Larger than life, she kneels on a tabletop with her blouse pushed up. The only sign of her divinity is the frankincense emanating from an opening in her body. Unfazed by the viewer’s gaze, in an all too human manner she plucks a hair from her chin. The intimate nature of this representation is in diametrical opposition to typical depictions of Olympian gods. This is Hera by Ines Doujak. It is with this piece that the 2018 cycle of contemporary positions will begin in the Upper Belvedere.
The ancient goddess Hera is commonly known as the wife of Zeus, guardian of hearth and family, as well as a betrayed spouse. At the Upper Belvedere, however, she will be observed from another point of view. She grants the viewer a glimpse into an intimate, human moment. Hera by Ines Doujak represents the first in a series of positions that will accompany the collection’s revival in the Upper Belvedere starting in 2018. These works will be shown on the ground floor of the Carlone Hall and will play off the mythological frescoes within the space. In a six-month rotation format, artists will develop their perspectives in harmony with the frescoed hall’s Baroque aesthetic, bridging the world of gods like Apollo and Diana from antiquity with the present day.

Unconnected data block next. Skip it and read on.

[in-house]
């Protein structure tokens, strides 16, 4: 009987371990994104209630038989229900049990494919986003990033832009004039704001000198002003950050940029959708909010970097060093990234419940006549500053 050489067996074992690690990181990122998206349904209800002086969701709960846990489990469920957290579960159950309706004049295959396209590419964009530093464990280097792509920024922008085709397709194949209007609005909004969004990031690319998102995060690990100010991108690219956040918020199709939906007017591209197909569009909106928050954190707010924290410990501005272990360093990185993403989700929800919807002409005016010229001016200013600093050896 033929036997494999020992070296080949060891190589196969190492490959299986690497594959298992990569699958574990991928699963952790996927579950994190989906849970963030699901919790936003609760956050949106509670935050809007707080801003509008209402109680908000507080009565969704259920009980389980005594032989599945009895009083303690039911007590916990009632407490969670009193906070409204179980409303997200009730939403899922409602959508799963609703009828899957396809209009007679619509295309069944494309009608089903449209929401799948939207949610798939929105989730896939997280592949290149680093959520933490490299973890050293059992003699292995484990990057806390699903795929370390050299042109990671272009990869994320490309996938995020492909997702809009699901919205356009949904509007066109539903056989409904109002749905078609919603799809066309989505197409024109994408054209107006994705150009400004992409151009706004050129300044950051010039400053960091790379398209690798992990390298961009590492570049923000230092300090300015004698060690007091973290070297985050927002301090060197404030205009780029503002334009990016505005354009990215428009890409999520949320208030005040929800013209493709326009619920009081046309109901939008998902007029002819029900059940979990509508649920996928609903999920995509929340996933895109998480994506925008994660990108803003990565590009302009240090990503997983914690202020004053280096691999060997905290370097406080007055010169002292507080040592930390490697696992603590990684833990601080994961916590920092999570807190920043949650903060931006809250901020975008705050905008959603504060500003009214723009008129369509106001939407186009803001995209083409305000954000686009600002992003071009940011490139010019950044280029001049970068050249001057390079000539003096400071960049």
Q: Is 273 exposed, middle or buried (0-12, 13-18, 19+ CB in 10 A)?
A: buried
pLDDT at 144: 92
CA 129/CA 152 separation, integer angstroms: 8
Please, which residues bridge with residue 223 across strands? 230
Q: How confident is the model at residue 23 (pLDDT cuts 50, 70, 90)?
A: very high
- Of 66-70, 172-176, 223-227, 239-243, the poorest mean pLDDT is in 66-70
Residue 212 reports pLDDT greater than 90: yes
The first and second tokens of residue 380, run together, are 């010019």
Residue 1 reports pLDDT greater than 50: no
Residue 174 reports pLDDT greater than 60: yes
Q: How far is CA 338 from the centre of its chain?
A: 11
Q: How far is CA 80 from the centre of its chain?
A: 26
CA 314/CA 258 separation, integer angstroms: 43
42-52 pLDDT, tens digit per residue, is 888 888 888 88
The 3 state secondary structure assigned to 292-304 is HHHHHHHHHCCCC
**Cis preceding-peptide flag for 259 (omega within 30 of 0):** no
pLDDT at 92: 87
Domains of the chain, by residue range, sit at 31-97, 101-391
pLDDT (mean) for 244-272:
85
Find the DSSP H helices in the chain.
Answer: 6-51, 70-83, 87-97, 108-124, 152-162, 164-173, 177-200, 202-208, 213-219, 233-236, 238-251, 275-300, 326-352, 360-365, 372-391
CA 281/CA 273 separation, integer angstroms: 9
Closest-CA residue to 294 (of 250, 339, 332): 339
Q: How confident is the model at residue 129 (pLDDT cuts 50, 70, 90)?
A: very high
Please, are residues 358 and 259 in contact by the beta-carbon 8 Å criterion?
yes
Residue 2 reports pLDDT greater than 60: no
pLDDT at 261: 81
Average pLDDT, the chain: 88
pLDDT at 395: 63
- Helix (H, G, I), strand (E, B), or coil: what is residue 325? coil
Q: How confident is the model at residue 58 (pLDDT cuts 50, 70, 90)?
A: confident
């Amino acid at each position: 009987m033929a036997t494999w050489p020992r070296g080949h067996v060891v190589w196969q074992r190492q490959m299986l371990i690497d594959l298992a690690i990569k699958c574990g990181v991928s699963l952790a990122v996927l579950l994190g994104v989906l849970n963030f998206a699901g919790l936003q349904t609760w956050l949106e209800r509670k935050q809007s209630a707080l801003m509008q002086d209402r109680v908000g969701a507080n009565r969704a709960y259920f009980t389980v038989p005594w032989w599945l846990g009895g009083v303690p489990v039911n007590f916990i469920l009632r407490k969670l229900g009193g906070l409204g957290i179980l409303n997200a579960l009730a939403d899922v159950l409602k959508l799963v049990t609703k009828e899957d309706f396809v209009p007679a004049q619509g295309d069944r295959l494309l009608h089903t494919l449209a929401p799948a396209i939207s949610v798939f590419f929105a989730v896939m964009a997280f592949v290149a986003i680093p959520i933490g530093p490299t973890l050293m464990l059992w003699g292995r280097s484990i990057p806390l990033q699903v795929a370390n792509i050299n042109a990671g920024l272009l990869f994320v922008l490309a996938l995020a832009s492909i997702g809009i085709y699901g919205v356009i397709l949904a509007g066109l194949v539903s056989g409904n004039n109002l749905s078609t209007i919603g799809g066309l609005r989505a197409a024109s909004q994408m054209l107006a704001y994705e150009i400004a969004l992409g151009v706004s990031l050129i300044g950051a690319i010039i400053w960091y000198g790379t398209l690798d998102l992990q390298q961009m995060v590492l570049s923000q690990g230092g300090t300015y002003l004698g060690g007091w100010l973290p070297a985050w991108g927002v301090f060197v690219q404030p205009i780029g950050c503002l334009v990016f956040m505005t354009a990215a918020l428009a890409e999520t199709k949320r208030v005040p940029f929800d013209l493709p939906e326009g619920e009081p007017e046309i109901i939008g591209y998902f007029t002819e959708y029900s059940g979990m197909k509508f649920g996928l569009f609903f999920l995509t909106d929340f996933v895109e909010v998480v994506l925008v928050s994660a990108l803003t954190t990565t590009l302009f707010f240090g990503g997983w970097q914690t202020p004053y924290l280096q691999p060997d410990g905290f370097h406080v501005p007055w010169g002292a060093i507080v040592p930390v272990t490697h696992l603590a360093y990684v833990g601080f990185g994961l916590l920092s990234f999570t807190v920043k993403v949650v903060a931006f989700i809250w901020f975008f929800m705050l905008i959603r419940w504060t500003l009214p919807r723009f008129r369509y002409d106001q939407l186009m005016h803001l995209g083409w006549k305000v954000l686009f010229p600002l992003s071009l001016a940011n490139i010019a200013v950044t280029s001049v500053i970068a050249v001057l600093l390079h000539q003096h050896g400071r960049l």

Doujak’s work addresses socio-critical questions regarding standards of gender, social norms, and stereotypes. With pointed political accuracy, it also leaves room for irony and a subtle sense of humour. The artist, who participated in documenta 12 in 2007 with her piece entitled Siegesgarten [Victory Garden], works mainly in the realms of photography, installation, and conceptual art. Born 1959 in Klagenfurt, Ines Doujak lives and works in Vienna.